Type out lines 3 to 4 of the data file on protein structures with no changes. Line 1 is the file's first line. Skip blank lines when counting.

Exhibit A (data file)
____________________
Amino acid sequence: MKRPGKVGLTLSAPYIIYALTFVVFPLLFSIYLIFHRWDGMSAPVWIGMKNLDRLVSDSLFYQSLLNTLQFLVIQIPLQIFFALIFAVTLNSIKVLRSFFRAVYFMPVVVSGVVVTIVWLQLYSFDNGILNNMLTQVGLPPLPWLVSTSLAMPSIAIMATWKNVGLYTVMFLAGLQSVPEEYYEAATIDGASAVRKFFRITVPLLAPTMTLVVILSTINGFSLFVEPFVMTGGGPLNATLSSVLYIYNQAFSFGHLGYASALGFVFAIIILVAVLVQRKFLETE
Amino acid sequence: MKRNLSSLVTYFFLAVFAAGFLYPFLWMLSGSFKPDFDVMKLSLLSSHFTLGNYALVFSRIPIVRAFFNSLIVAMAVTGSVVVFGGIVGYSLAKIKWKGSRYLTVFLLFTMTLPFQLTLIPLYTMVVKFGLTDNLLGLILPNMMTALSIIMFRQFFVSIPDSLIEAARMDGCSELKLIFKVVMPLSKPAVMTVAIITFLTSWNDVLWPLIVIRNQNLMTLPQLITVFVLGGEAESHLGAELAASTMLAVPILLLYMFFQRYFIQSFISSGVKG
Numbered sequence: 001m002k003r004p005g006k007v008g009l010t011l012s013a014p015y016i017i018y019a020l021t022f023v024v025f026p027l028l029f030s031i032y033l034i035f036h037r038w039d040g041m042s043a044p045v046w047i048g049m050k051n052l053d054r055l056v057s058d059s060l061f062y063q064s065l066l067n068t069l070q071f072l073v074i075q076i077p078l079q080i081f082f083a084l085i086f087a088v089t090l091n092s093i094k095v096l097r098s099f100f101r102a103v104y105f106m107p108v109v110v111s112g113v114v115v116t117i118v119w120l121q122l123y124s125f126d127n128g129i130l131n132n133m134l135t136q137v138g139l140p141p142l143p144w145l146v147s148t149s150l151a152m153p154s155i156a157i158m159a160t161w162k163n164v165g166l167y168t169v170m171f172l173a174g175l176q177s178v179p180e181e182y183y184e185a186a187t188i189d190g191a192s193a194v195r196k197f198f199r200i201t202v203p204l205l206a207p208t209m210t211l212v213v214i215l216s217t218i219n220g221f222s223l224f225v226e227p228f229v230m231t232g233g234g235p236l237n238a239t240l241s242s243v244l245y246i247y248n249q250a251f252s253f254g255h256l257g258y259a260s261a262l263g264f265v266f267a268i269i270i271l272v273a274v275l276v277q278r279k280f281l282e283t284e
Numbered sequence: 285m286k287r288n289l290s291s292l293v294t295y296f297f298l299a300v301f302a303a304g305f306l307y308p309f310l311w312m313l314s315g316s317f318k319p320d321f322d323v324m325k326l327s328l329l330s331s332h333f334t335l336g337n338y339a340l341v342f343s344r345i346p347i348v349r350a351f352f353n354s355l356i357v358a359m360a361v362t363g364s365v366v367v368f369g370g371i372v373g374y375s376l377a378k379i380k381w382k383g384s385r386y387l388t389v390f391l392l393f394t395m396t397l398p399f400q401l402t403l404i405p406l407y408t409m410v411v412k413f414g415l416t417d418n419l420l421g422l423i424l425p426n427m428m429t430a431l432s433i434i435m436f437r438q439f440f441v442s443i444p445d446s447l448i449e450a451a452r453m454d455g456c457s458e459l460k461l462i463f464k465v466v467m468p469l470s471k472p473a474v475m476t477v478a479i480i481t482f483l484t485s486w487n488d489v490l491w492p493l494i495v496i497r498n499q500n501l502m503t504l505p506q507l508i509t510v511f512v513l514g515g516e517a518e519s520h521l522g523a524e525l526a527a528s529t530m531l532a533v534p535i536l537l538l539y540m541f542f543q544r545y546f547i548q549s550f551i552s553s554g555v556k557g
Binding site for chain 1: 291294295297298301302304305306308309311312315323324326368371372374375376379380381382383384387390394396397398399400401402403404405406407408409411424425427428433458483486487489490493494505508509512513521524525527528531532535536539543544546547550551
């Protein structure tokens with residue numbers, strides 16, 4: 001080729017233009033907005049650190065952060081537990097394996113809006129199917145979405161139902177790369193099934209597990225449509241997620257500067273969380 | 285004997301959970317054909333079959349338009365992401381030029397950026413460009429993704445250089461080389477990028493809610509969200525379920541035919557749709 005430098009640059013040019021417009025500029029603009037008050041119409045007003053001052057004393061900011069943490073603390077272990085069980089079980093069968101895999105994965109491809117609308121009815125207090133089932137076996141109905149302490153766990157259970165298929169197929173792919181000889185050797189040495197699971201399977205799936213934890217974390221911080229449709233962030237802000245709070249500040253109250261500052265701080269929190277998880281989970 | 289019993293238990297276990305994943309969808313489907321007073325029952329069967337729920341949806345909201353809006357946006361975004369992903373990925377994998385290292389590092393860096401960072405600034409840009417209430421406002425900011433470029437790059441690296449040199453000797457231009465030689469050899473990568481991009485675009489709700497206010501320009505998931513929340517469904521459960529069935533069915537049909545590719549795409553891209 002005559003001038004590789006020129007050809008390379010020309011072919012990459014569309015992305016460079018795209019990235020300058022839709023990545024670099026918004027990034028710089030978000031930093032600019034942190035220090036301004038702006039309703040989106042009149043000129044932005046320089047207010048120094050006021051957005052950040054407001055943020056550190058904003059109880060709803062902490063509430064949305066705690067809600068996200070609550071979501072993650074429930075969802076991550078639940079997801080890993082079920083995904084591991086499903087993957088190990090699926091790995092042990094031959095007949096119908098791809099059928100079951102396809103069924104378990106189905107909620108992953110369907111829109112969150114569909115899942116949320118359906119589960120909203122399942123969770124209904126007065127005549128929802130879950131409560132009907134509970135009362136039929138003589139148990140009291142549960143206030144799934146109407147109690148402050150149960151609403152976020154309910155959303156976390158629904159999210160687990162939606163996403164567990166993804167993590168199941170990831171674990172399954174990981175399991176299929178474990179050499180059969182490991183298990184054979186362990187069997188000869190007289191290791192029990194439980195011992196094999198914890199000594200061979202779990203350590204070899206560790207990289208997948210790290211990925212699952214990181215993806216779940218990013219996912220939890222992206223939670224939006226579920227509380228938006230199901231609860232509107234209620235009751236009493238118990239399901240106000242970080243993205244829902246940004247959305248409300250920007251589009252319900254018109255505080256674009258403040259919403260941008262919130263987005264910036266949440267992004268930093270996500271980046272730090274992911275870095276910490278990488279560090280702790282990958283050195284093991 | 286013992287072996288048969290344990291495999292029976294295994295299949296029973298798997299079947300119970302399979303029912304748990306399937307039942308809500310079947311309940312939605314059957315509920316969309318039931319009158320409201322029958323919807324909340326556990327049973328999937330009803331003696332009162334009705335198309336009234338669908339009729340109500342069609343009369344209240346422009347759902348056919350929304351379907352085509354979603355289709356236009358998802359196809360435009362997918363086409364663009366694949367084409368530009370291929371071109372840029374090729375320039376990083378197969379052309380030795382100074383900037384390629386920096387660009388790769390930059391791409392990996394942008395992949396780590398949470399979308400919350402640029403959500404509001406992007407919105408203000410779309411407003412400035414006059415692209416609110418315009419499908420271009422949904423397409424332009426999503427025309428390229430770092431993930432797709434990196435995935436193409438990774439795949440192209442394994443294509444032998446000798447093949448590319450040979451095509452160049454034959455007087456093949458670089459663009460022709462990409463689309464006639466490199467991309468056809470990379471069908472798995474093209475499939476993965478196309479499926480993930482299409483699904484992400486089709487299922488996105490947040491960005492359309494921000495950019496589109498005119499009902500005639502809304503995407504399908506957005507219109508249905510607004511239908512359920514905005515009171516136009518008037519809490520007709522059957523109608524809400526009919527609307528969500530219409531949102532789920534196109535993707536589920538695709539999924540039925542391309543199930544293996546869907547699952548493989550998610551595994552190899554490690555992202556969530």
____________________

Numbered sequence: 001m002k003r004p005g006k007v008g009l010t011l012s013a014p015y016i017i018y019a020l021t022f023v024v025f026p027l028l029f030s031i032y033l034i035f036h037r038w039d040g041m042s043a044p045v046w047i048g049m050k051n052l053d054r055l056v057s058d059s060l061f062y063q064s065l066l067n068t069l070q071f072l073v074i075q076i077p078l079q080i081f082f083a084l085i086f087a088v089t090l091n092s093i094k095v096l097r098s099f100f101r102a103v104y105f106m107p108v109v110v111s112g113v114v115v116t117i118v119w120l121q122l123y124s125f126d127n128g129i130l131n132n133m134l135t136q137v138g139l140p141p142l143p144w145l146v147s148t149s150l151a152m153p154s155i156a157i158m159a160t161w162k163n164v165g166l167y168t169v170m171f172l173a174g175l176q177s178v179p180e181e182y183y184e185a186a187t188i189d190g191a192s193a194v195r196k197f198f199r200i201t202v203p204l205l206a207p208t209m210t211l212v213v214i215l216s217t218i219n220g221f222s223l224f225v226e227p228f229v230m231t232g233g234g235p236l237n238a239t240l241s242s243v244l245y246i247y248n249q250a251f252s253f254g255h256l257g258y259a260s261a262l263g264f265v266f267a268i269i270i271l272v273a274v275l276v277q278r279k280f281l282e283t284e
Numbered sequence: 285m286k287r288n289l290s291s292l293v294t295y296f297f298l299a300v301f302a303a304g305f306l307y308p309f310l311w312m313l314s315g316s317f318k319p320d321f322d323v324m325k326l327s328l329l330s331s332h333f334t335l336g337n338y339a340l341v342f343s344r345i346p347i348v349r350a351f352f353n354s355l356i357v358a359m360a361v362t363g364s365v366v367v368f369g370g371i372v373g374y375s376l377a378k379i380k381w382k383g384s385r386y387l388t389v390f391l392l393f394t395m396t397l398p399f400q401l402t403l404i405p406l407y408t409m410v411v412k413f414g415l416t417d418n419l420l421g422l423i424l425p426n427m428m429t430a431l432s433i434i435m436f437r438q439f440f441v442s443i444p445d446s447l448i449e450a451a452r453m454d455g456c457s458e459l460k461l462i463f464k465v466v467m468p469l470s471k472p473a474v475m476t477v478a479i480i481t482f483l484t485s486w487n488d489v490l491w492p493l494i495v496i497r498n499q500n501l502m503t504l505p506q507l508i509t510v511f512v513l514g515g516e517a518e519s520h521l522g523a524e525l526a527a528s529t530m531l532a533v534p535i536l537l538l539y540m541f542f543q544r545y546f547i548q549s550f551i552s553s554g555v556k557g